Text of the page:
The Northern Harrier was reported again from Tacumshin (Wexford) on 16th, and the Ouse Washes bird was seen at nearby Welney (Norfolk) on 15th. The white-morph Gyr Falcon reappeared at Balemore, North Uist on 17th and the Rough-legged Buzzard was still at Orford Ness (Suffolk) on 17th. The Black Kite also continued to tour the far south-east, being seen at Rye Harbour (E Sussex) on 14th–15th, again at Dungeness on 16th–17th, and then at Brookland on 17th and Hamstreet on 18th. If pinned down, given the time of year it would be interesting to see whether this appears to be a candidate for lineatus (Black-eared Kite).
Late American Golden Plovers were found at Ballycotton (Cork) on 16th–17th and Sennen (Cornwall) on 17th–18th, and the adult White-rumped Sandpiper remained at Frampton Marsh (Lincs) to 19th at least. Meanwhile, Hampshire held on to the Lesser Yellowlegs at Lepe Country Park and the Long-billed Dowitcher at Keyhaven Marshes — both look set to winter. One or two Grey Phalaropes remained scattered around, and a Spotted Crake was also reported again from Arundel (W Sussex) on 17th.
The adult Bonaparte's Gull was still at Dawlish Warren (Devon) to 18th and the mobile Northumberland bird was seen at Bamburgh on 16th and then off the Farne Islands on 18th. A first-winter Ring-billed Gull was found inland at Killarney (Kerry) on 19th, and a second-winter was in Liverpool on 20th. A possible first-winter roosted at Belvide Reservoir (Staffs) on 16th, while long-stayers were still in Hampshire and Counties Kerry and Galway.
A particularly late Golden Oriole was an utterly unexpected find near the Comber Estuary (Down) on 15th, and was well photographed. Similarly late was a Wryneck at Sennen Cove (Cornwall) on 17th. Perhaps as many as ten Richard's Pipits included a remarkable report of up to five at Winterton Dunes (Norfolk) on 19th; lingering birds were at Portland (Dorset) on 14th–15th and Egypt Bay (Kent) on 16th–19th. The Siberian Stonechat was still on Westray (Orkney) on 16th, with another on St Agnes (Scilly) from 17th–20th. For many people the quintessential late-autumn vagrant, a smart male Desert Wheatear at Pembroke Bay (Guernsey) on 18th–19th was a timely reminder that mainland Britain is yet to host one this year. Meanwhile, Barred Warblers remained at Spurn (E Yorks) and Fethard-on-Sea (Wexford).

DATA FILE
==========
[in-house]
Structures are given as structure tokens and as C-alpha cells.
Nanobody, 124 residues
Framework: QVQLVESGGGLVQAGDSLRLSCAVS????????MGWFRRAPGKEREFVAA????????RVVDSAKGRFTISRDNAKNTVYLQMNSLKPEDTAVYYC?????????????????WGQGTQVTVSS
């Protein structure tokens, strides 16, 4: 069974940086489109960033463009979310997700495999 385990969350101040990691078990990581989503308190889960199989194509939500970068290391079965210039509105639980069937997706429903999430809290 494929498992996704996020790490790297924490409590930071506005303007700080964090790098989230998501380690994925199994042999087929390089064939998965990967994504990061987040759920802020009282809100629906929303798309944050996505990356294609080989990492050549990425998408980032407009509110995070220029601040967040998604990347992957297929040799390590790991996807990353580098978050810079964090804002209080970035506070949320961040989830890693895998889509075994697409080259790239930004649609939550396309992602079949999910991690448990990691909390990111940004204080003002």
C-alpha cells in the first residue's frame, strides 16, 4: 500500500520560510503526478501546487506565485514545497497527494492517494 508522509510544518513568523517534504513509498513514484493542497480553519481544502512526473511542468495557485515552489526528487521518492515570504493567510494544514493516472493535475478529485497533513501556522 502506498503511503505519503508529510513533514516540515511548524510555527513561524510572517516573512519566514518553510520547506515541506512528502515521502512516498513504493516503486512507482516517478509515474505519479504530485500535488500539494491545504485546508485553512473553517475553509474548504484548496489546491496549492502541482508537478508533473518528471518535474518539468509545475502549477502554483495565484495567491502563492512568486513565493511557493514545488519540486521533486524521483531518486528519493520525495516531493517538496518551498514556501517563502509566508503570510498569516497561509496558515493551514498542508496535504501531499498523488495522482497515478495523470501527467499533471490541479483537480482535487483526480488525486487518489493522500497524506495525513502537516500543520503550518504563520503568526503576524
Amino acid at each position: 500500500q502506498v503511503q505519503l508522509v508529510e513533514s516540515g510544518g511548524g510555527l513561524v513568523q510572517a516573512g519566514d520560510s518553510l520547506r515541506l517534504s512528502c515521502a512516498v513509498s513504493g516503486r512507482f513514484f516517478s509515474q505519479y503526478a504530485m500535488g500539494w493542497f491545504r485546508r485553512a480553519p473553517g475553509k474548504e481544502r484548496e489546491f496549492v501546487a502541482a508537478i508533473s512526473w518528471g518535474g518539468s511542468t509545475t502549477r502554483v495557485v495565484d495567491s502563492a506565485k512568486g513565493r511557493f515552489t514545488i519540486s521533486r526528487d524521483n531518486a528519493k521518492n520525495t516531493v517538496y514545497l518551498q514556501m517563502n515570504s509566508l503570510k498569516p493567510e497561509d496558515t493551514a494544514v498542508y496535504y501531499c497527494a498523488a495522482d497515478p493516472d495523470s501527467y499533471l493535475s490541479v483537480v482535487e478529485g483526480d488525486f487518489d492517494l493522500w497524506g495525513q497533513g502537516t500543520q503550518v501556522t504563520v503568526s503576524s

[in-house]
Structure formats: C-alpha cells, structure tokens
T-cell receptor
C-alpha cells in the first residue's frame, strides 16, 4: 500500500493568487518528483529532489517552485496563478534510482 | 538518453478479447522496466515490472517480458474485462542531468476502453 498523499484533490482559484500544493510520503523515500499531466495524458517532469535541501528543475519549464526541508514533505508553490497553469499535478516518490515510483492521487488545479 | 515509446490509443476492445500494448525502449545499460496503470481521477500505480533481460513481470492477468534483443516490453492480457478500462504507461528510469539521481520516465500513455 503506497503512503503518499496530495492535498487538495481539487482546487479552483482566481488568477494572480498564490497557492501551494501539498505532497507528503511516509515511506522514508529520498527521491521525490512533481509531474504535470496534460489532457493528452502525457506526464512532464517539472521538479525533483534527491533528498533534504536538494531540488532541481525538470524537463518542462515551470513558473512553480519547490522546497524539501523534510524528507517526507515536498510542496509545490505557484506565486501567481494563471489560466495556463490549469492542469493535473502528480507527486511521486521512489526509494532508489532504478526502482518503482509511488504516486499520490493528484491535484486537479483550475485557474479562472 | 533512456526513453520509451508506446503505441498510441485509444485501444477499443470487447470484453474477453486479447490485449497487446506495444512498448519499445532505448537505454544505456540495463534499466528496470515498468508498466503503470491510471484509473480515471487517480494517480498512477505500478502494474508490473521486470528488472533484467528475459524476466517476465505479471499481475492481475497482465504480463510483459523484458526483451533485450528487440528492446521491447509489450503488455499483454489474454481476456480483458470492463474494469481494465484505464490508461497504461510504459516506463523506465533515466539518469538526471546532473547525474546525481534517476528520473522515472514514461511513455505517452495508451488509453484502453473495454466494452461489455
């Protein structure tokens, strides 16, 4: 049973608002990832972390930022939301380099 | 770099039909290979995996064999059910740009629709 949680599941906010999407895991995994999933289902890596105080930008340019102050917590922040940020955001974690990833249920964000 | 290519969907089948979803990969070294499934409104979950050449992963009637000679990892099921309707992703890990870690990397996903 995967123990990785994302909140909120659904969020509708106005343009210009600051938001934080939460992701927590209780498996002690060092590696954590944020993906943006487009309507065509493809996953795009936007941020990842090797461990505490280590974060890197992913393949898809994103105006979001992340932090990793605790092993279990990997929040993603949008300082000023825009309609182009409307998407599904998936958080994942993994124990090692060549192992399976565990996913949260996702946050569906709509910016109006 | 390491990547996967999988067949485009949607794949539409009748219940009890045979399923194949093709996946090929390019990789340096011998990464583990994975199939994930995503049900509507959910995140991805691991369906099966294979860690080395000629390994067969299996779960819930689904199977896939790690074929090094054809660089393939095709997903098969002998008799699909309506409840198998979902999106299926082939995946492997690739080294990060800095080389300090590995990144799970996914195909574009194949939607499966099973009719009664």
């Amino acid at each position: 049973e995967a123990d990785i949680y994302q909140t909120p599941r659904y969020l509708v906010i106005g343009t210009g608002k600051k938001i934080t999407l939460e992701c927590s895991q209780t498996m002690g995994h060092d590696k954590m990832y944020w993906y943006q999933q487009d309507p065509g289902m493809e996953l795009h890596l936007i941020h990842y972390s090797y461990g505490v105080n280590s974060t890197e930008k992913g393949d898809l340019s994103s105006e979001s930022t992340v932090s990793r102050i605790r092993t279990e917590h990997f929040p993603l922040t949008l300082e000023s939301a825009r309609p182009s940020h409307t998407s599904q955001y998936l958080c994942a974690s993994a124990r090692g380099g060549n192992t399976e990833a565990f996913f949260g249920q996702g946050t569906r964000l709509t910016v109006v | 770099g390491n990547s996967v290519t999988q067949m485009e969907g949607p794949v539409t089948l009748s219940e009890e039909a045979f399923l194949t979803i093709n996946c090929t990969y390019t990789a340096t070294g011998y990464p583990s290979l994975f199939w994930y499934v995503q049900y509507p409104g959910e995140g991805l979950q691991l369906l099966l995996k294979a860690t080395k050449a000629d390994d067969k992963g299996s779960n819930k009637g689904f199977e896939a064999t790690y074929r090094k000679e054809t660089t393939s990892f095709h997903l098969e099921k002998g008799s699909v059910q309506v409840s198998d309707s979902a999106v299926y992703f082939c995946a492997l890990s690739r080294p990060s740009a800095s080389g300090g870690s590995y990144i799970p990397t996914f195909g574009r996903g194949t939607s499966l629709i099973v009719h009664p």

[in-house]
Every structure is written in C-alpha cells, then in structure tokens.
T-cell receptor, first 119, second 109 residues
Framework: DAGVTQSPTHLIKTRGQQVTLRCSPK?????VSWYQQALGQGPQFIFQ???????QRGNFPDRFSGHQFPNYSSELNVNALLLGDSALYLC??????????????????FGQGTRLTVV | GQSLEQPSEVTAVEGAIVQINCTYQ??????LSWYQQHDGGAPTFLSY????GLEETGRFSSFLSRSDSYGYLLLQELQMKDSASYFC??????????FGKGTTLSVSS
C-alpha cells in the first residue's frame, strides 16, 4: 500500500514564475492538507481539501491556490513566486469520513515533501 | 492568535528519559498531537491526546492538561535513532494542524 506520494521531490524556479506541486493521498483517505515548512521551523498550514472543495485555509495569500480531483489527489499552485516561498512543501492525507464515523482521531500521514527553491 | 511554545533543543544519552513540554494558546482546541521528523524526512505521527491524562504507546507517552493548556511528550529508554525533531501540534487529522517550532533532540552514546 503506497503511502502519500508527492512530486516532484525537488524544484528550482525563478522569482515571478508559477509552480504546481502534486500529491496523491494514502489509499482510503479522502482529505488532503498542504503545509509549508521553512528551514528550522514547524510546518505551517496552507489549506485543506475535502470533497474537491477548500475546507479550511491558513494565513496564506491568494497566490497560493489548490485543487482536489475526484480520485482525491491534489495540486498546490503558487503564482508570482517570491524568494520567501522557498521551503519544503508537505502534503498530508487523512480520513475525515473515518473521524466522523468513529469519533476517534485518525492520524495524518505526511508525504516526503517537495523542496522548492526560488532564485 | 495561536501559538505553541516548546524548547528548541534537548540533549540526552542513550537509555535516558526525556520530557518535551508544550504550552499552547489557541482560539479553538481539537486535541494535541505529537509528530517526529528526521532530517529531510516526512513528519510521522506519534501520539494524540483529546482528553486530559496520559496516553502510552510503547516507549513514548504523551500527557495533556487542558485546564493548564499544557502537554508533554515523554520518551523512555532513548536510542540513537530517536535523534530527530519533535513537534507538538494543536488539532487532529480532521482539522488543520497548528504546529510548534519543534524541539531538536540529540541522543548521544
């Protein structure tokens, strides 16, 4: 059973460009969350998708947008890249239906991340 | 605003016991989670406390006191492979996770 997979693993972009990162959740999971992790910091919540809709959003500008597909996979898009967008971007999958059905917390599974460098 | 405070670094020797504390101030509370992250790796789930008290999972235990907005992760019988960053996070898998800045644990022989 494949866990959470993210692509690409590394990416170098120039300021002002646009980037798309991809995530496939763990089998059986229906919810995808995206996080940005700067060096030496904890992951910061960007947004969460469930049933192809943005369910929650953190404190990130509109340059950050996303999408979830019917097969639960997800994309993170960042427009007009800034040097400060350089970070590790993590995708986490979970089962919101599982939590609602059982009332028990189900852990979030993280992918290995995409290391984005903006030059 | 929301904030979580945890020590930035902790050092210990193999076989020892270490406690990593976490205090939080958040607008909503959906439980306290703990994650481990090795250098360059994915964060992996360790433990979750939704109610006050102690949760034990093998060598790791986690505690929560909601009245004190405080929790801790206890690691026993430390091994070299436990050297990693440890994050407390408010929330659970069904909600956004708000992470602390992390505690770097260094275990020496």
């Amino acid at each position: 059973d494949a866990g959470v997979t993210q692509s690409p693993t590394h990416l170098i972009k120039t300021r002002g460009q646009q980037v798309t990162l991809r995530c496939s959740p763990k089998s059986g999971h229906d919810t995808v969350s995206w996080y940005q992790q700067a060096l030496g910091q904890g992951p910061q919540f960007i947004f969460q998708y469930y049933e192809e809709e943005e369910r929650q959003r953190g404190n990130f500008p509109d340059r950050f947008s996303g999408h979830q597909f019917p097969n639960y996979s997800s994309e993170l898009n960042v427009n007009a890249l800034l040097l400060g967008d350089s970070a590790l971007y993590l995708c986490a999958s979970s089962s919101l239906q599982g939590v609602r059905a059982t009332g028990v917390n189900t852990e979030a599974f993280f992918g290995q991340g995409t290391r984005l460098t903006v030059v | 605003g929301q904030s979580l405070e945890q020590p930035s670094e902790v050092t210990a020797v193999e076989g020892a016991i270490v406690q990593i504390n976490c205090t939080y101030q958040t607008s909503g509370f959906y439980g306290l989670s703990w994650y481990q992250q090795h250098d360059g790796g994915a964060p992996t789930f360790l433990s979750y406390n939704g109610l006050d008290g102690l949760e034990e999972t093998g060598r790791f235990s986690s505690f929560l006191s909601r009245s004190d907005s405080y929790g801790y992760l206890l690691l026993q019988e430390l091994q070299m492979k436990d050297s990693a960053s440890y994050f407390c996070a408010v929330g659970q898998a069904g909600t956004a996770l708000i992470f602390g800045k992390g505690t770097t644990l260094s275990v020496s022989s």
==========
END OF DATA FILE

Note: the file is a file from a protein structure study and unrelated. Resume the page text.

Up to twenty Great Grey Shrikes showed a somewhat typical winter pattern, with all records stemming from the southern half of England and Wales. One wonders how many must go undetected in the wilds of Scotland, where suitable habitat is really quite commonplace.
Distribution of Great Grey Shrike records in the week ending 20th November 2013.
One of the big surprises of the week was a Lesser Grey Shrike at the Long Nanny (Northumberland). First reported on 15th as a Great Grey, it was reidentified that afternoon and lingered until the week's end. A Red-backed Shrike was on St Agnes (Scilly) on 15th. A new Red-breasted Flycatcher was found on the fence by the Eye Field at Cley Marshes (Norfolk) on 16th, and last week's bird was reported again on the Pevensey Levels (W Sussex) on 14th. The Rose-coloured Starling remained at Caister-on-Sea (Norfolk) all week, as did the Serin at Flamborough (E Yorks) — further flyovers of the latter species were logged on St Agnes (Scilly) on 16th and at Knapwell (Cambs) on 18th.
Many bird photographers shy away from bird-in-flight ('BIF') photography, but a look through Matt Crosby's submissions to BirdGuides shows he definitely isn't one of them. Matt has had a go at a wide range of flying birds and seems to have a particular interest in landing shots. It is also apparent that Matt has a penchant for Jays and has been trying for a Jay landing shot for some time. This week, he certainly succeeded in this mission with an exquisite action image of a Jay in its last millisecond before alighting on a stump. The fully fanned wings and tail show how birds achieve maximum deceleration ready for landing. Extended feet and intense concentration complete the bird's preparation. Great lighting, woodland colours and thoughtful composition round off an image with both impact and appeal.